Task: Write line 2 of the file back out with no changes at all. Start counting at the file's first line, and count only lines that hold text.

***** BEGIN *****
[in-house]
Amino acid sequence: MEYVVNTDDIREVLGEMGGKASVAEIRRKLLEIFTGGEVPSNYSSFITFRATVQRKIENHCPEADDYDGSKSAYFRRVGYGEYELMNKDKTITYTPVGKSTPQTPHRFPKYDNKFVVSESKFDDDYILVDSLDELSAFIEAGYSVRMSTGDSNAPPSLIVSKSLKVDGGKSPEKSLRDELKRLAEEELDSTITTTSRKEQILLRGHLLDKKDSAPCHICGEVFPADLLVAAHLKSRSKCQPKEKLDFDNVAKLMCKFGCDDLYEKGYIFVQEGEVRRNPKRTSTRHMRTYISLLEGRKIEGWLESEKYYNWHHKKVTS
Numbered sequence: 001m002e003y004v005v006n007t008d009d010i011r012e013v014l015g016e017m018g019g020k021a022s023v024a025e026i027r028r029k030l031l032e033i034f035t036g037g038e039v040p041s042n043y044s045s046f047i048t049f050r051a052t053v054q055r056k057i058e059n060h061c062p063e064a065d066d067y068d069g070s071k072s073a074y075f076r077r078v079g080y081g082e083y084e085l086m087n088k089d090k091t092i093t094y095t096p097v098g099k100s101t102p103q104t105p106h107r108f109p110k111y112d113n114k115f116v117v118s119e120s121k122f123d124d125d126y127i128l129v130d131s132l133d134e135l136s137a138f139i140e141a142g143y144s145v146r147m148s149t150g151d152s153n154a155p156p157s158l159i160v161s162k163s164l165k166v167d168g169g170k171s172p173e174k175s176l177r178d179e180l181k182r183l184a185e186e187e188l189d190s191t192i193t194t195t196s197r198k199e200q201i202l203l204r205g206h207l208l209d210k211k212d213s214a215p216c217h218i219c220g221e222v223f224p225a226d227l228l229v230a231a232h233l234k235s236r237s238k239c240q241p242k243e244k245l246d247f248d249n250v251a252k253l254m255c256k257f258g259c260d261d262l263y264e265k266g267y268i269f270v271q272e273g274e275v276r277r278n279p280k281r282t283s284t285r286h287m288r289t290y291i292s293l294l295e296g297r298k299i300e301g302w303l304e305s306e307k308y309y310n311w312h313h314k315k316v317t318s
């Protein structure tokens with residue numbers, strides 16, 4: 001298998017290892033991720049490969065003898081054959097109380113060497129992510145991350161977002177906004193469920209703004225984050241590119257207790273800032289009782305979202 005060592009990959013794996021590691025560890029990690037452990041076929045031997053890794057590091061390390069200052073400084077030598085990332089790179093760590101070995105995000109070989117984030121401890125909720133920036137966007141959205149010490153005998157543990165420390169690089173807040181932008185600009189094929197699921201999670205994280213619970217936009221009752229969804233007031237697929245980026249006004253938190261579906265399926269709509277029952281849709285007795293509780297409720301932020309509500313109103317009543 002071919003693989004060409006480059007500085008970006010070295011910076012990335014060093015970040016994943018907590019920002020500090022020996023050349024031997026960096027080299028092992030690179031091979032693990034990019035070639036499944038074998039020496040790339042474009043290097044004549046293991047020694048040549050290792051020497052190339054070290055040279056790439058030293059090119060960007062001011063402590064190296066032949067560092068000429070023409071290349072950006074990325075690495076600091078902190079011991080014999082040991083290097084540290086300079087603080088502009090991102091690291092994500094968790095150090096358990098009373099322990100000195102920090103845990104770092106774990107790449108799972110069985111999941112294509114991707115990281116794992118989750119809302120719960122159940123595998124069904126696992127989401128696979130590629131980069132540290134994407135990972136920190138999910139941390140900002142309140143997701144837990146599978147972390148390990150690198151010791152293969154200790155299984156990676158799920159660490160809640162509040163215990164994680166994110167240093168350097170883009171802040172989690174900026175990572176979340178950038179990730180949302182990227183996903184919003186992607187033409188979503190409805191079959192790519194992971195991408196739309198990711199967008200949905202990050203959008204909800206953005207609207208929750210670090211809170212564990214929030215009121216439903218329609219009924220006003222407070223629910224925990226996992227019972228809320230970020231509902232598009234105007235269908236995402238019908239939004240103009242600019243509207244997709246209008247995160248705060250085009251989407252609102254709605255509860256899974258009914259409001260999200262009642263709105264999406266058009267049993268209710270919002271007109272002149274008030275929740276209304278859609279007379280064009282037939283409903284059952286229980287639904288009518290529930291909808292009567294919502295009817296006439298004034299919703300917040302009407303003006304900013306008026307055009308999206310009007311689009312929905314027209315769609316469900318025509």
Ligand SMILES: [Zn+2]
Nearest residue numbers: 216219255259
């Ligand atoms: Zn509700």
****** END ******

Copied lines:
Amino acid sequence: MEYVVNTDDIREVLGEMGGKASVAEIRRKLLEIFTGGEVPSNYSSFITFRATVQRKIENHCPEADDYDGSKSAYFRRVGYGEYELMNKDKTITYTPVGKSTPQTPHRFPKYDNKFVVSESKFDDDYILVDSLDELSAFIEAGYSVRMSTGDSNAPPSLIVSKSLKVDGGKSPEKSLRDELKRLAEEELDSTITTTSRKEQILLRGHLLDKKDSAPCHICGEVFPADLLVAAHLKSRSKCQPKEKLDFDNVAKLMCKFGCDDLYEKGYIFVQEGEVRRNPKRTSTRHMRTYISLLEGRKIEGWLESEKYYNWHHKKVTS